1,000 Times Good Night (2013)
She risked life and family to change the world.
A labor of intense love, 1,000 Times Good Night is a striking look into the danger that surrounds the world of photojournalism in the midst of international conflict, and the strain it has on life back home. Best Supporting Actress Oscar winner, Julliette Binoche, The English Patient (1996), plays Rebecca, a dedicated and foolishly brave photographic journalist and mother of two. The opening of the film has her following the story of a female suicide bomber in Kabul, however Rebecca, in a brash and unplanned effort to document the whole story, finds herself too close to the danger and becomes seriously wounded. As Rebecca returns to her family in Ireland to recover from the injury, her husband, Marcus (Nikolaj Coster-Waldau), a marine biologist, expresses his growing concerns for her safety, along with the deep emotional impact and strain the dangerous nature of her job has on the entire family, including their two daughters — played by Lauryn Canny, Poison Pen (2014), and Adrianna Cramer Curtis. With director Erik Poppe’s own experiences as a photographer of war, inspiring this intrepid work, 1,000 Times Good Night serves to tell two distinct stories; firstly that of a family, the agonizing waiting, tensions and difficulties war correspondence places on loved ones, and secondly, attempts to present the real-life horrors and tragedy associated with warfare.
The first few moments of the film are completely hypnotic as dust particles dance in beams of sunlight, streaming through tinny pinpoint holes in an otherwise pitch black environment, and it only gets better from there. Shot on location in Ireland and Afghanistan, Norwegian filmmaker Erik Poppe, Hawaii, Oslo (2004) — a former press photographer — and cinematographer John Christian Rosenlund, The Bothersome Man (2006), make use of everything these beautiful locations have to offer. One can almost feel the scorching heat of the Middle East or the icy winds of an Irish Coast Winter, both contrasted so perfectly. Throughout the feature, Poppe’s still photography roots shine through, with extreme angles, close-ups and innovative techniques truly encapsulating and enhancing the narrative on every level. A huge component of the storytelling comes from the feature’s aesthetics, particularly the colors and locations, likewise Rebecca’s moods are often reflected in the weather with a strong reliant on the environment, and the actor’s body language, to physically elucidate the situation.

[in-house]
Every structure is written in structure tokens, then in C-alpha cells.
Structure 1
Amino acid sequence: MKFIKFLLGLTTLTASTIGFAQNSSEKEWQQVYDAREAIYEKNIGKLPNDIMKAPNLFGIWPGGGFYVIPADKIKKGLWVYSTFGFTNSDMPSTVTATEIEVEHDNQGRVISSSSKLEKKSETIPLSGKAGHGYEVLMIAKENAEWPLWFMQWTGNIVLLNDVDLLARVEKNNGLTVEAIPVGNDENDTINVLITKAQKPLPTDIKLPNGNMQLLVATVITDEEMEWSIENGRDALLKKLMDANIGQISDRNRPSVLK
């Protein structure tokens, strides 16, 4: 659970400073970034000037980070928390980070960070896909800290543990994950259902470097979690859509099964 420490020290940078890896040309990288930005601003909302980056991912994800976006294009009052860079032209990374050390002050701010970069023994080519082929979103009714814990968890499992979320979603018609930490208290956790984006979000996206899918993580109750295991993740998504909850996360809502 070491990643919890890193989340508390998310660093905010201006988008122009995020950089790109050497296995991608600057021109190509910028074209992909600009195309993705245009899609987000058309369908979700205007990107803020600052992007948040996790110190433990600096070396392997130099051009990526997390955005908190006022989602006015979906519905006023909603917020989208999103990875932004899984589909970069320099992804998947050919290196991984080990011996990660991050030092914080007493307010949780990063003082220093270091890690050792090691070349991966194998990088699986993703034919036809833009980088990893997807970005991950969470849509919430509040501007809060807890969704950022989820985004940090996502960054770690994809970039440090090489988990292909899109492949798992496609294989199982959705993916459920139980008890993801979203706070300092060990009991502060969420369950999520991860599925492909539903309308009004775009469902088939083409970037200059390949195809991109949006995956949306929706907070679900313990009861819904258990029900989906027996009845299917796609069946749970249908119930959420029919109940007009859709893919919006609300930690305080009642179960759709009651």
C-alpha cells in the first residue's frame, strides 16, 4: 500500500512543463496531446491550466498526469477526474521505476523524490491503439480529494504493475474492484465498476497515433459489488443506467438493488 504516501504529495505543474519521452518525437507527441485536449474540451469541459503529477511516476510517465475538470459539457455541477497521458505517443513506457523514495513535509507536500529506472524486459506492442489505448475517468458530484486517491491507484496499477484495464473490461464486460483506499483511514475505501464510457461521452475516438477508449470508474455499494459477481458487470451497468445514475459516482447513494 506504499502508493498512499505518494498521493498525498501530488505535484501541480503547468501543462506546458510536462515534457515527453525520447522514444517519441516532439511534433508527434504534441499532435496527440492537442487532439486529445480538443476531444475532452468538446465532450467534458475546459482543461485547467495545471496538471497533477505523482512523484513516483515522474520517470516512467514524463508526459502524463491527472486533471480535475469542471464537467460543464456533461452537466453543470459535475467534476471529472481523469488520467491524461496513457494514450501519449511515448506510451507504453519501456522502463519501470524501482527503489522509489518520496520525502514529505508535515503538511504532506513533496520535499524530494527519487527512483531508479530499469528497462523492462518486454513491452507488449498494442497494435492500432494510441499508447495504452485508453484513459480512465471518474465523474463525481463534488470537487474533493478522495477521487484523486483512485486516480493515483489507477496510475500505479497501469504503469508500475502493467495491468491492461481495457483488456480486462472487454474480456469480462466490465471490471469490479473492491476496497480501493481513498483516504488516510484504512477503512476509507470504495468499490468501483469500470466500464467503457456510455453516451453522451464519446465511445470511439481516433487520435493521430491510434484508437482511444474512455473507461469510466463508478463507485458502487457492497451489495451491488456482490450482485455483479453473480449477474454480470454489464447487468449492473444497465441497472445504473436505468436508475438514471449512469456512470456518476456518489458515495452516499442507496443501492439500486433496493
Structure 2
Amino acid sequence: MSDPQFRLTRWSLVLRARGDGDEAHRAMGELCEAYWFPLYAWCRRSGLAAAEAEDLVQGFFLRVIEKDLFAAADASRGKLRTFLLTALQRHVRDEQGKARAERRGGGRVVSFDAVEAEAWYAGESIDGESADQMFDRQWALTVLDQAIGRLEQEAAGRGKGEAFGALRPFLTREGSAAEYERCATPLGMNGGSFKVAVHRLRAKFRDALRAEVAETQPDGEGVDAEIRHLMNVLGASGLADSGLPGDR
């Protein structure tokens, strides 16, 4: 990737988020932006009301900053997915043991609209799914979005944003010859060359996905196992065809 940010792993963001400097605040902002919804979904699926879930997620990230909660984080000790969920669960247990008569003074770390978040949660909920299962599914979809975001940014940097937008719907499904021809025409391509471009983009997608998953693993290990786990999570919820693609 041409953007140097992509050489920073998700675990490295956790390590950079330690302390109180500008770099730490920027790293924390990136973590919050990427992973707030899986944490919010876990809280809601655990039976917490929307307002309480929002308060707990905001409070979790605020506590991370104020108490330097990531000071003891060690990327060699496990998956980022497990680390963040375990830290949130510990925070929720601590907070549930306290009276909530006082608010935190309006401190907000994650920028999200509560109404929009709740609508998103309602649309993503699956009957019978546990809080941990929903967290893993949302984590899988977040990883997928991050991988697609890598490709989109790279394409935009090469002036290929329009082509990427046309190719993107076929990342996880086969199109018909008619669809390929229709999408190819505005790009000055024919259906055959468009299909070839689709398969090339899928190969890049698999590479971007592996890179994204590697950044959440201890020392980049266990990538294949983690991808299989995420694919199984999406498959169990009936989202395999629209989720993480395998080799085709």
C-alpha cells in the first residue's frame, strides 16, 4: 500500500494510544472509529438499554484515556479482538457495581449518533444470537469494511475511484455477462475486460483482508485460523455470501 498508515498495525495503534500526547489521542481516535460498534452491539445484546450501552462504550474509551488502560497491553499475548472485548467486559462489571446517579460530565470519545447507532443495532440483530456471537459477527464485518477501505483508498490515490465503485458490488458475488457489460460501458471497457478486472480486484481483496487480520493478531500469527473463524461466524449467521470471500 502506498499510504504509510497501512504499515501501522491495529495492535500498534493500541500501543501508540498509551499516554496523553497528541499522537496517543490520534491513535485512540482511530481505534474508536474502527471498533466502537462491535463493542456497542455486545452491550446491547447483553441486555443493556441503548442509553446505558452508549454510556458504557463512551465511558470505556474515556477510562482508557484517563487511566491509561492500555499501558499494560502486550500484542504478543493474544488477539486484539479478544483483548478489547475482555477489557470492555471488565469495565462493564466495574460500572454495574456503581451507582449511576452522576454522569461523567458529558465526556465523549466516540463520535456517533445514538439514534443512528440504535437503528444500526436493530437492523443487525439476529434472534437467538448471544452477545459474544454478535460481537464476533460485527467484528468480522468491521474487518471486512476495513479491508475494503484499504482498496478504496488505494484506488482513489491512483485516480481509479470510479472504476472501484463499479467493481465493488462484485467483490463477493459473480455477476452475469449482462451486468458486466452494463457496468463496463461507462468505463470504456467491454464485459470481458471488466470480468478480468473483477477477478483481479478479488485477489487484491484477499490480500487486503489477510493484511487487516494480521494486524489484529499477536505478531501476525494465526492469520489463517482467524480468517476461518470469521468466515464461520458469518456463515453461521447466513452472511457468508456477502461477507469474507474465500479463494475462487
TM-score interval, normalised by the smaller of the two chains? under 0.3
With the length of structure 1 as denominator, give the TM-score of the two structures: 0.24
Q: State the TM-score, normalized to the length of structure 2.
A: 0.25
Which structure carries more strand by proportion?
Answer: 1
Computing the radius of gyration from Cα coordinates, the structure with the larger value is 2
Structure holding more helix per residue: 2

As a film, 1,000 Times Good Night solely depends on the beauty and skill of its visual storytelling, as the dialogue is often taught, predicable and, even by these award-winning performers, very nearly unsalvageable. The characters do not say much, but what they do say is cliché and unexceptional, showing a patronizing lack of creativity when it comes to conveying the account of a crumbling marriage; cringe worthy lines such as, ‘I thought that’s why you fell in love with me,’ are awkward and disruptive to the overall mood, ambiance and tone of the piece. So, with that being said, credit goes out to the actors, as each performance is quite acceptable, given the film’s poor dialogue. Adrianna Cramer Curtis who plays Rebecca’s youngest daughter, Lisa — providing the tension relief in this intense drama — deserves an extra special mention, evoking smiles, even laughter, in the harshest of situations. Writer Harald Rosenløw-Eeg, Hawaii, Oslo (2004), manages to capture the essence of a pure and carefree child, which is portrayed seamlessly by the young Adrianna; she is adorable, direct and impulsive — as any 6-year-old should be — with her personality swaying viewers to fear for the safety and happiness of the entire family.
Due to the skill and time invested in the optical aspect of the film, 1,000 Times Good Night is completely immersive and the reaction to the flick is often quite visceral. Everything within this picture demands to be felt, be it the rumble of a truck as it shakes through the desert, or the fear of losing a beloved family member; everything is critical, nothing is unnecessary. Every noise, be it a gun shot or a door slam, creates a tension and pulls viewers further into the heart of the drama. Unlike most films set with a theme of international conflict, 1,000 Times Good Night in no way has a political opinion or undertone, nor does it offer a solution to the horrors of war torn regions, rather it aims to plainly show, almost reflecting the job of a photo journalist. The piece simply states the fact that these unspeakable things do happen in such countries, and does not preach an opinion or work to move the audience to action. Instead, the film does the extraordinary, yet difficult, task of letting the conflict work as a backdrop to this compelling family account.
1,000 Times Good Night is an interesting take on the typical family-focused drama, tackling the immense subject of life, presenting its volatility, and the tough decisions people may need to make within their own lives. Overflowing with spectacular visuals and breathtaking imagery, 1,000 Times Good Night is a gripping, heart-shaped, compassionately atmospheric production, opening one’s eyes to a plethora of diverse environments and situations, while never losing focus on the central character’s and their earnest human struggles.
4 / 5 – Recommended
Reviewed by Kathryn Snowball
1,000 Times Good Night is released through Regency Films Australia